It's been said that, on average, it takes an adult with Celiac Disease 11 years to get a correct diagnosis
It's been said that, on average, it takes an adult with Celiac Disease 11 years to get a correct diagnosis. Just think: that's over a decade of needless suffering that affects one's quality of life each and every day. It usually means countless doctors visits to different specialists who will not have the answer -- and may even convince the patient that their symptoms are stress related or "all in their head." It means symptoms that can range from a minor nuisance to debilitating. It can even mean a compromised social life or work life, if symptoms are severe.
Many, many times, it's the person suffering symptoms that takes matters into their own hands and, through research (mostly online), stumbles upon information about Celiac Disease and gluten sensitivity. Their eyes are opened, and they visit a gastroenterologist armed with this new information and self-discovery.
Have We Just Been Ignorant, or Is This a "New" Disease?
One reason that Celiac Disease and gluten sensitivity have been off doctors' radars was because the condition WAS quite rare. In fact, a recent study using preserved blood samples from Air Force recruits in the early 1950s showed the incidence of Celiac Disease has grown over four-fold since then.1
So it's been BOTH an awareness issue -- AND a factor of the condition itself becoming so much more prevalent recently -- that has led us to where we are today...a nation with 3 million people needlessly suffering from a devastating condition that can be 100% reversed with a simple diet eliminating gluten.
Thankfully, with awareness increasing, and more gastroenterologists and other doctors realizing that these are no longer rare conditions, they have learned what to look for -- and how Celiac Disease and gluten sensitivity can manifest themselves. There is an exhaustive list of symptoms, and gluten affects every individual differently, but there are some telltale signs to look for:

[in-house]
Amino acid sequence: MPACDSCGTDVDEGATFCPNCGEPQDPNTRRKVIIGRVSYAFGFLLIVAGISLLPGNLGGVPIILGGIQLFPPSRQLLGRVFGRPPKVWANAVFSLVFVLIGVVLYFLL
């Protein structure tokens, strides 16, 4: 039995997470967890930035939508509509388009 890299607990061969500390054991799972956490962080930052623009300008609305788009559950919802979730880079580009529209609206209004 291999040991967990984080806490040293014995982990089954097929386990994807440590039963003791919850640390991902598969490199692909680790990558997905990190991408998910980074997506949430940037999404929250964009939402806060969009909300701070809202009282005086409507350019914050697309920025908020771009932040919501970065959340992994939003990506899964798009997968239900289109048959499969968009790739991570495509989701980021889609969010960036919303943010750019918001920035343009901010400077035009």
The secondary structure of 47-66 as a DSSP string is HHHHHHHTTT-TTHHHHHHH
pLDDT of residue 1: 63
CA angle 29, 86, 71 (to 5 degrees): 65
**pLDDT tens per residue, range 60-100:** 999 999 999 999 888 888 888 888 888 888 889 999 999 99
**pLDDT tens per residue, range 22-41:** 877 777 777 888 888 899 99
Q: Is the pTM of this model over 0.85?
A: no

Unexplained Weight Loss
Unexplained Weight Gain
You've probably noticed two things when scanning this list: 1.) Many of these symptoms have nothing at all to do with the digestive system and 2.) Many of these symptoms are very common -- and could be indicative of many different diseases or health conditions.
You are right, and therein lies another key problem in getting the remaining 80-90% of Celiacs correctly diagnosed. Too often, the patient or doctor (or both) will not suspect a digestive disorder for, say, something like migraines or an unexplained skin rash. Other, more obvious, causes might be explored, or prescription drugs may be prescribed to deal with the problem. But meanwhile, they do nothing to determine or treat the root cause, because it can be so elusive.The problem is, even if the symptoms are somehow masked with drugs or other treatments, the patient's intestines continue to be severely compromised. At best, mal-absorption results. At worst, undiagnosed Celiacs have an increased risk of numerous health problems, gastrointestinal cancer, and premature death.